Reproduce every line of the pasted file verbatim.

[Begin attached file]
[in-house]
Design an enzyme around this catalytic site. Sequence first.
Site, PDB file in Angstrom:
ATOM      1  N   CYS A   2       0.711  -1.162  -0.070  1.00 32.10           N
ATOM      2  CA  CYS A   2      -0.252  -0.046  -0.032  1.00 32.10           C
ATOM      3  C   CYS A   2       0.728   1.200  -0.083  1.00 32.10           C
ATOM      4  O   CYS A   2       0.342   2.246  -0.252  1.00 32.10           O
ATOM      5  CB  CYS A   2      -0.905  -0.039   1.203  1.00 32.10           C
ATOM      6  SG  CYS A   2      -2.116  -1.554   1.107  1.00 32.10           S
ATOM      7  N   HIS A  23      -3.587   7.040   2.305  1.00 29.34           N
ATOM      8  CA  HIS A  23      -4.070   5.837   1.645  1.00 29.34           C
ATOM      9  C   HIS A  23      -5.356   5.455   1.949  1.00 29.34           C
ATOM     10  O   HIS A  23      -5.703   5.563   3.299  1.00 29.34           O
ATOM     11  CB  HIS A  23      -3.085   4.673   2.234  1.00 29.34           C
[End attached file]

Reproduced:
[in-house]
Design an enzyme around this catalytic site. Sequence first.
Site, PDB file in Angstrom:
ATOM      1  N   CYS A   2       0.711  -1.162  -0.070  1.00 32.10           N
ATOM      2  CA  CYS A   2      -0.252  -0.046  -0.032  1.00 32.10           C
ATOM      3  C   CYS A   2       0.728   1.200  -0.083  1.00 32.10           C
ATOM      4  O   CYS A   2       0.342   2.246  -0.252  1.00 32.10           O
ATOM      5  CB  CYS A   2      -0.905  -0.039   1.203  1.00 32.10           C
ATOM      6  SG  CYS A   2      -2.116  -1.554   1.107  1.00 32.10           S
ATOM      7  N   HIS A  23      -3.587   7.040   2.305  1.00 29.34           N
ATOM      8  CA  HIS A  23      -4.070   5.837   1.645  1.00 29.34           C
ATOM      9  C   HIS A  23      -5.356   5.455   1.949  1.00 29.34           C
ATOM     10  O   HIS A  23      -5.703   5.563   3.299  1.00 29.34           O
ATOM     11  CB  HIS A  23      -3.085   4.673   2.234  1.00 29.34           C